President Clinton’s Address to the United Nations Security Council
9 September 2009
United Nations Secretary-General Department of Public Information
President Clinton: Let me begin by thanking you, Madam President, for inviting me to this meeting, Mr. Annabi for his work and Prime Minister Pierre-Louis for her truly outstanding leadership. I would also like to thank Security Council Ban Ki-moon – whom I am still inclined to thank for asking me to become United Nations Special Envoy for Haiti – and Under-Secretary-General Le Roy for their support for Haiti’s building effort.
My wife Hillary and I first traveled to Haiti in December 1975, before many of you in this Chamber were born and just two months after we had married. Ever since then, I have been completely captivated by the promise and peril of that country; by its unique culture and history; by the gifts and the spirit of its people and the burdens of oppression, abuse and neglect that they have suffered; and by the beauty and bounty of the land and the barrenness that plunder and poverty have brought.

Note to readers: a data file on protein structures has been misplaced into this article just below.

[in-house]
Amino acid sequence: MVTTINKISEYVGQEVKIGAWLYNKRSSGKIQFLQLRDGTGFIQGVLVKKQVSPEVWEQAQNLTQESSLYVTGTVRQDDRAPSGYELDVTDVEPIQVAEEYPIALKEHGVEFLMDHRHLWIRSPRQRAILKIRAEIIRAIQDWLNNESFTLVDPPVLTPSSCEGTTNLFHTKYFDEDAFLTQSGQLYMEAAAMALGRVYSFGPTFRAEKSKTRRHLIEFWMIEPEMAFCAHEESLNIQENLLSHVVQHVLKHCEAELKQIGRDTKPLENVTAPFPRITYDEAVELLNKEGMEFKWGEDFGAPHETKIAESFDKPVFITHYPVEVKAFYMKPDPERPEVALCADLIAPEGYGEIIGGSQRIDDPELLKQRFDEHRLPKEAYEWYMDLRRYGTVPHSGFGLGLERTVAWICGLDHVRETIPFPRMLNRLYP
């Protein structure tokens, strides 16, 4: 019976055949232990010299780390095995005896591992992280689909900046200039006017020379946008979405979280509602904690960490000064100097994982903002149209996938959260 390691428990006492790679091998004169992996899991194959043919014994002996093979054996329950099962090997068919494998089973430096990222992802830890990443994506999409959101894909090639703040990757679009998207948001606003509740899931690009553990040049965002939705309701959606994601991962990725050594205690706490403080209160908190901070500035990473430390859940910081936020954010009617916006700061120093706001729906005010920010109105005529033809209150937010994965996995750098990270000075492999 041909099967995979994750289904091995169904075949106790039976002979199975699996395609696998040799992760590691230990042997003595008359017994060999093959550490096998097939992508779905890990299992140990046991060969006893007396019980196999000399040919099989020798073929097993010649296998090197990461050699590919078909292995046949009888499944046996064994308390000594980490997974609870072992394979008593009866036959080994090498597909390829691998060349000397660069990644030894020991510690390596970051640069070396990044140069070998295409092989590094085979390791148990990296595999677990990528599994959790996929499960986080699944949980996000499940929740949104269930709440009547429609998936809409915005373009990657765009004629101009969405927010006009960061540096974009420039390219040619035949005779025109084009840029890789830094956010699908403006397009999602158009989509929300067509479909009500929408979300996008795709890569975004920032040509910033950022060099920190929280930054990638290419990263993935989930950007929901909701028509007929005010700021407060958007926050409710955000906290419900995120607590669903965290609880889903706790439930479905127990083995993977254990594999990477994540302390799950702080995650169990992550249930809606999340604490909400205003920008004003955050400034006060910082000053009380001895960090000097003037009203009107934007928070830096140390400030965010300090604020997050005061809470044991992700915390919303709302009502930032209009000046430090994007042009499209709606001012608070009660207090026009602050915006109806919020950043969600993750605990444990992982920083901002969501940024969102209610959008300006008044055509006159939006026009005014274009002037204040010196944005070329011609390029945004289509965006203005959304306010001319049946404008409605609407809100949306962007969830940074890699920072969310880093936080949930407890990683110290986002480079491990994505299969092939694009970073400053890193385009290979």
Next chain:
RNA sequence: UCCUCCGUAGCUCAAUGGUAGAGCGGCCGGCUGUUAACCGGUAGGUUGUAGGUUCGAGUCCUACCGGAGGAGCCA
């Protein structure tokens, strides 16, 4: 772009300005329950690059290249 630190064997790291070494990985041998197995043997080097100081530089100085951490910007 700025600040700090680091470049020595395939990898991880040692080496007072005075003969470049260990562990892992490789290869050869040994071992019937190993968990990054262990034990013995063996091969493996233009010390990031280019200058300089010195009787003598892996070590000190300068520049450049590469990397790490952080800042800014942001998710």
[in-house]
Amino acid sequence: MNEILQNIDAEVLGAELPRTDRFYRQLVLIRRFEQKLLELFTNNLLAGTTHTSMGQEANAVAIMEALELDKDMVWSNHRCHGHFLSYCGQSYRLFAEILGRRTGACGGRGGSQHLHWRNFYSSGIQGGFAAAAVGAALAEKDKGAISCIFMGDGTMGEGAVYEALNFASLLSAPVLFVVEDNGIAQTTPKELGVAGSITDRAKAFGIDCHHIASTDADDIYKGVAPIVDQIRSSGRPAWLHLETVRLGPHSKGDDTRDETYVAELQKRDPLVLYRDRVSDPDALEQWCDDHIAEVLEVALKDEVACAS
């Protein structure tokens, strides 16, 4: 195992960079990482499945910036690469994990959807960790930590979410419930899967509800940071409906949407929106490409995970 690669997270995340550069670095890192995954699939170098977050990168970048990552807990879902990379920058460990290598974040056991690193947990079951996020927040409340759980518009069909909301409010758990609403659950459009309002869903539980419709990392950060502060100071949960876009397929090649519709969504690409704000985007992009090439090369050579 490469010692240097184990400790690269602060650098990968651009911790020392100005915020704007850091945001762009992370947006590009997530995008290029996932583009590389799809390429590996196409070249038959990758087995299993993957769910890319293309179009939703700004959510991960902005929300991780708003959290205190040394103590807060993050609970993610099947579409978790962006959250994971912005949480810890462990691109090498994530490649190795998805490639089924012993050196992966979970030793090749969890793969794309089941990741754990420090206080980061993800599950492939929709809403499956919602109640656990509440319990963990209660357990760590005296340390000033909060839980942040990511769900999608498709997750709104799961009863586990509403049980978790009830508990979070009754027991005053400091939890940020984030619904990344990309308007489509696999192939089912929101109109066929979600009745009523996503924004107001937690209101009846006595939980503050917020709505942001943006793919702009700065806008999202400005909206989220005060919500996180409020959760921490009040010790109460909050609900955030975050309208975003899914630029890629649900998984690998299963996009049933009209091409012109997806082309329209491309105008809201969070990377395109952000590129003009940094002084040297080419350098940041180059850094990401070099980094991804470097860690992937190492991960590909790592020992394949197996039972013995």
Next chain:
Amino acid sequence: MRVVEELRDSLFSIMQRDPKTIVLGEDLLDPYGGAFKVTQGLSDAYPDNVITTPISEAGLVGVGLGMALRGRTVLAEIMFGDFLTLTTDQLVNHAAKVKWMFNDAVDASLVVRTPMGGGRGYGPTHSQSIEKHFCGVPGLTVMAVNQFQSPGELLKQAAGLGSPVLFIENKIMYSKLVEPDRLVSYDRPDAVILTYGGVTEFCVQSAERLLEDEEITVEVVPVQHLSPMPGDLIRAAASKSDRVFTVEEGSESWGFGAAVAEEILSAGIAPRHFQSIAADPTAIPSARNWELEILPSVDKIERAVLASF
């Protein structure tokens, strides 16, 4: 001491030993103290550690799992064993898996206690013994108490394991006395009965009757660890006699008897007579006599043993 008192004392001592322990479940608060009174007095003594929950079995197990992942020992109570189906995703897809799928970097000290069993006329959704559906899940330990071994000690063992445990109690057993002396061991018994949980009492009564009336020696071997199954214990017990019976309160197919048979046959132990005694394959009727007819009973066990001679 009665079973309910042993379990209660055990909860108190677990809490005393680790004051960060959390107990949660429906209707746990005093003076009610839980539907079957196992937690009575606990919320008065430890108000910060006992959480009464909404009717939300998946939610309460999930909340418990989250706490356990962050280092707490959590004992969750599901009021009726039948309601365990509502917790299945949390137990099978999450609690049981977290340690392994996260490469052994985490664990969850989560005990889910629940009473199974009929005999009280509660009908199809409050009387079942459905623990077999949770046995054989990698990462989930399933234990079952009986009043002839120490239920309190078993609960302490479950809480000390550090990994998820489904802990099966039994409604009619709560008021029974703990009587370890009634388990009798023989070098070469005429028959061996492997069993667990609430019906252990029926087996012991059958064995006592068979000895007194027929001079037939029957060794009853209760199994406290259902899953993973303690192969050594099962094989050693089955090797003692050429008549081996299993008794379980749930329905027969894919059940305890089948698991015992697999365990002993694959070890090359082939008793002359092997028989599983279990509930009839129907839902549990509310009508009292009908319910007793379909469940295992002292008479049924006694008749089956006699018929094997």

When I was President, I worked with many of you in the United Nations to end the violent military dictatorship there and to restore an elected President. And when President Préval succeeded President Aristide, I did what I could to support him in his first term within the limits imposed by the United States Congress, which was then hostile or indifferent towards our Haitian neighbors – a condition that, I am glad to say, no longer exists. There is an enormous amount of support for Haiti in the new Administration and in the United States Congress.